Michigan dropped from No. 11 to 13 in a ranking of state-by-state energy efficiency efforts, according to a 2019 study by the nonprofit American Council for an Energy-Efficient Economy (ACEEE).
The Mitten State scored 28.5 out of 50 possible points in the Washington, D.C.-based ACEEE’s State Energy Efficiency Scorecard — the same score it received last year. The scorecard is composed of different crucial areas: utilities, transportation, building policies, combined heat and power, state government-led initiatives and appliance standards.
Of the 51 areas surveyed — 50 states, plus the District of Columbia — Massachusetts was ranked the highest, with 44.5 of 50 possible points. Wyoming ranked last, with a score of just 4.5 of 50 points.
Michigan also ranked higher than neighbors Ohio, Indiana and Wisconsin, which came in at No. 33, 40 and 25, respectively.
Michigan made several strides in passing energy-efficient policies and extending electric and natural gas savings targets through 2021, according to the scorecard. It also made note of areas to be improved, such as pursuing more sustainable transportation policies.
Michigan scored 14 of 20 possible points in the utilities category, thanks to the combination of electricity and natural gas efficiency programs. Under Gov. Gretchen Whitmer’s tenure, each utility filed integrated resource plans to reduce carbon emissions by “80-90% by 2040,” according to the scorecard.
The transportation category was less favorable — just 3.5 of 10 points, with the scorecard noting the state could do better by funding more efficient public transit options. An uptick was observed in the number of electric vehicles registered in Michigan, but the study also said Michigan could provide incentives to adopt more electric vehicles.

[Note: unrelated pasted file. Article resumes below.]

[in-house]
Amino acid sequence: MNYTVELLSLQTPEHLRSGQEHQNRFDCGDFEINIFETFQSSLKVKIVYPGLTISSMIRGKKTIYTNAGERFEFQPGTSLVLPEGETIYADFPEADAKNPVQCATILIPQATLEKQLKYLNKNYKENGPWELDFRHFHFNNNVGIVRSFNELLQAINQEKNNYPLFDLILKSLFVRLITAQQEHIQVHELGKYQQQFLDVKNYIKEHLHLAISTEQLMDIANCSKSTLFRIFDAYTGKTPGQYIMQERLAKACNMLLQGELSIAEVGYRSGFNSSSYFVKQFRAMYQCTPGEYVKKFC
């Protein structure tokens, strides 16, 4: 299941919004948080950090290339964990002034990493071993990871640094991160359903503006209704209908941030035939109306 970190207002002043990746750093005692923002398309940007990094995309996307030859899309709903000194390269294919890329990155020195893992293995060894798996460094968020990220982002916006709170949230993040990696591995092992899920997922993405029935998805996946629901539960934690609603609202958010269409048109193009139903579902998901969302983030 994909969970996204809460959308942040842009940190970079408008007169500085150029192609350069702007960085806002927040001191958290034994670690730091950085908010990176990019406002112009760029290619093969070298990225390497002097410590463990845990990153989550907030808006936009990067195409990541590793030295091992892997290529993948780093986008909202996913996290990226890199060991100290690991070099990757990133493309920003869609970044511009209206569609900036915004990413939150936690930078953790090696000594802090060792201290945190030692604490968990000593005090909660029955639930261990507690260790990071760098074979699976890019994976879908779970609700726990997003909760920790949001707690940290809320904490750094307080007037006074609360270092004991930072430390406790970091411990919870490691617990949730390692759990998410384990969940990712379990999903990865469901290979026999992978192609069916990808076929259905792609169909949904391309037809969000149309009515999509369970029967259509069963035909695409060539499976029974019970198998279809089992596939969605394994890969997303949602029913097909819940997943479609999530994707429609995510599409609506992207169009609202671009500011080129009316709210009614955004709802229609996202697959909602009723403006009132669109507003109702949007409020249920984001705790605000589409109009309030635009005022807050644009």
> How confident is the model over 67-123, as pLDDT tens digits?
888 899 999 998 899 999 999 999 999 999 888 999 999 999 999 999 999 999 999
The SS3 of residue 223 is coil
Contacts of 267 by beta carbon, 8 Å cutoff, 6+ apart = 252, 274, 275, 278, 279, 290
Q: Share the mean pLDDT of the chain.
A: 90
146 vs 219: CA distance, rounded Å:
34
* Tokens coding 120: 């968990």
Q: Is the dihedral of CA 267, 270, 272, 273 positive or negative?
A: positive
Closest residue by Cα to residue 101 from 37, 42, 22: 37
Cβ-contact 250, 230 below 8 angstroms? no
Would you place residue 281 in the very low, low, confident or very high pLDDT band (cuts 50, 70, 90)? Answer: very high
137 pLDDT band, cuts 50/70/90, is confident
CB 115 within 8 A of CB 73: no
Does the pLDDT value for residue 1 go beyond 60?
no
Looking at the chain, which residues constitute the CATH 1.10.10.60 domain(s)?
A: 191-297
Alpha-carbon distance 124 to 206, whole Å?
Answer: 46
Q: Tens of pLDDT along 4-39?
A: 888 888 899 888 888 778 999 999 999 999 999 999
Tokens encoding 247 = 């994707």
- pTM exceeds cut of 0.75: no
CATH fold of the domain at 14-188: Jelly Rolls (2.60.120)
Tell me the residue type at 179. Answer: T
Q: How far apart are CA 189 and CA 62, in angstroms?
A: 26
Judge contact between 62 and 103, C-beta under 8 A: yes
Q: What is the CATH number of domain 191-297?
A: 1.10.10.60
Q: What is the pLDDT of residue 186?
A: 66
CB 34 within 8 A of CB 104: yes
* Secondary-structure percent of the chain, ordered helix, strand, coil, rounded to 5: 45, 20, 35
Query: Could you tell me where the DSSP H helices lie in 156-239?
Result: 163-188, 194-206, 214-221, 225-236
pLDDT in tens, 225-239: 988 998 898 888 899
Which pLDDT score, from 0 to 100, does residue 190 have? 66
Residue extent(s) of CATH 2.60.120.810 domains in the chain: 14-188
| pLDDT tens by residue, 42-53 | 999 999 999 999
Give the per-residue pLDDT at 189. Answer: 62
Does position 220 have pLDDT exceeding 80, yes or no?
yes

That’s slightly better than neighbors Ohio and Wisconsin, who each scored just a single point in the transportation category; and Indiana, who scored 2.5 out of 10.
In the building energy efficiency policies section, Michigan scored 6 of 8 points. That’s due in part to the adoption of updated residential and commercial building energy codes in 2015 and 2017. The study also lauded the Michigan Energy Code Compliance Collaborative and its work to “improve compliance with energy codes, holding workshops and trainings to educate local code inspectors/ enforcement officials on the technical aspects of the codes.”
Michigan scored just 1 of 3 possible points in the combined heat and power category. The state has set an interconnection standard that includes CHP as a resource in renewable energy standards, but standby rates are being assessed by the Michigan Public Service Commission. That’s on par with Ohio’s score, but slightly better than Wisconsin (0.5 of 3) and Indiana (0 of 3).
In government-led initiatives, Michigan fared well. State programs including property assessed clean energy (PACE) financing were noted in the scorecard. The study also found the state government “leads by example” in marking energy requirements for public buildings, regulating energy usage and encouraging energy-saving performance contracts.
In appliance standards, Michigan received 0 of 3 points because it hasn’t set clear standards that go beyond those laid out by the federal government. Wisconsin, Ohio and Indiana also haven’t set appliance standards.
The full state-by-state scorecard rankings can be found here.
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